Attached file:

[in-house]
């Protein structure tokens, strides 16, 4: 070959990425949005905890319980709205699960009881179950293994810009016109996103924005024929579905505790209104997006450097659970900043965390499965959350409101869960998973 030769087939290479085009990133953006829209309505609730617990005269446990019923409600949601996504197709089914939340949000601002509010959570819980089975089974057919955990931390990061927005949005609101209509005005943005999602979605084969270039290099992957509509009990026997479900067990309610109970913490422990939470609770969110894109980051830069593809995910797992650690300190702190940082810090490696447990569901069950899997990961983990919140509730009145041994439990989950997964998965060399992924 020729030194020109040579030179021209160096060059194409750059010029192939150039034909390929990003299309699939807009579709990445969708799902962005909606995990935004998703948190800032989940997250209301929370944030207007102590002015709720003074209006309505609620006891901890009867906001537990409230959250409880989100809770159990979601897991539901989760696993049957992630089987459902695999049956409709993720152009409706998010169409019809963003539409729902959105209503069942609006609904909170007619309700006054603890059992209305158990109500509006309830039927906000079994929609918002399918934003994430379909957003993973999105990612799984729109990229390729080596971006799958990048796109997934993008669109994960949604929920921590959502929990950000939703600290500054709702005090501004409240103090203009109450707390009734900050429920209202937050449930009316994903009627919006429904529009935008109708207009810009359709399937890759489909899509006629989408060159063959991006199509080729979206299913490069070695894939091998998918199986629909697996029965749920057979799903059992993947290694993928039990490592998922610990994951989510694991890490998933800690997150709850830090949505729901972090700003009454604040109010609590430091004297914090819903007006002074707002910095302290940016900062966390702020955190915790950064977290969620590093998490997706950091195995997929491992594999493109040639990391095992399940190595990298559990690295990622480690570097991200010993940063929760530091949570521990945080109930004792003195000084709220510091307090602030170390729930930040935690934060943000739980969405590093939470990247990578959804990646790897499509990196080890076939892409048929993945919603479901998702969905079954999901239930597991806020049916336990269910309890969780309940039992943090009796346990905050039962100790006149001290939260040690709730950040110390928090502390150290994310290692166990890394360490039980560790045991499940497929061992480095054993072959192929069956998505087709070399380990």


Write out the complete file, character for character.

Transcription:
[in-house]
């Protein structure tokens, strides 16, 4: 070959990425949005905890319980709205699960009881179950293994810009016109996103924005024929579905505790209104997006450097659970900043965390499965959350409101869960998973 030769087939290479085009990133953006829209309505609730617990005269446990019923409600949601996504197709089914939340949000601002509010959570819980089975089974057919955990931390990061927005949005609101209509005005943005999602979605084969270039290099992957509509009990026997479900067990309610109970913490422990939470609770969110894109980051830069593809995910797992650690300190702190940082810090490696447990569901069950899997990961983990919140509730009145041994439990989950997964998965060399992924 020729030194020109040579030179021209160096060059194409750059010029192939150039034909390929990003299309699939807009579709990445969708799902962005909606995990935004998703948190800032989940997250209301929370944030207007102590002015709720003074209006309505609620006891901890009867906001537990409230959250409880989100809770159990979601897991539901989760696993049957992630089987459902695999049956409709993720152009409706998010169409019809963003539409729902959105209503069942609006609904909170007619309700006054603890059992209305158990109500509006309830039927906000079994929609918002399918934003994430379909957003993973999105990612799984729109990229390729080596971006799958990048796109997934993008669109994960949604929920921590959502929990950000939703600290500054709702005090501004409240103090203009109450707390009734900050429920209202937050449930009316994903009627919006429904529009935008109708207009810009359709399937890759489909899509006629989408060159063959991006199509080729979206299913490069070695894939091998998918199986629909697996029965749920057979799903059992993947290694993928039990490592998922610990994951989510694991890490998933800690997150709850830090949505729901972090700003009454604040109010609590430091004297914090819903007006002074707002910095302290940016900062966390702020955190915790950064977290969620590093998490997706950091195995997929491992594999493109040639990391095992399940190595990298559990690295990622480690570097991200010993940063929760530091949570521990945080109930004792003195000084709220510091307090602030170390729930930040935690934060943000739980969405590093939470990247990578959804990646790897499509990196080890076939892409048929993945919603479901998702969905079954999901239930597991806020049916336990269910309890969780309940039992943090009796346990905050039962100790006149001290939260040690709730950040110390928090502390150290994310290692166990890394360490039980560790045991499940497929061992480095054993072959192929069956998505087709070399380990």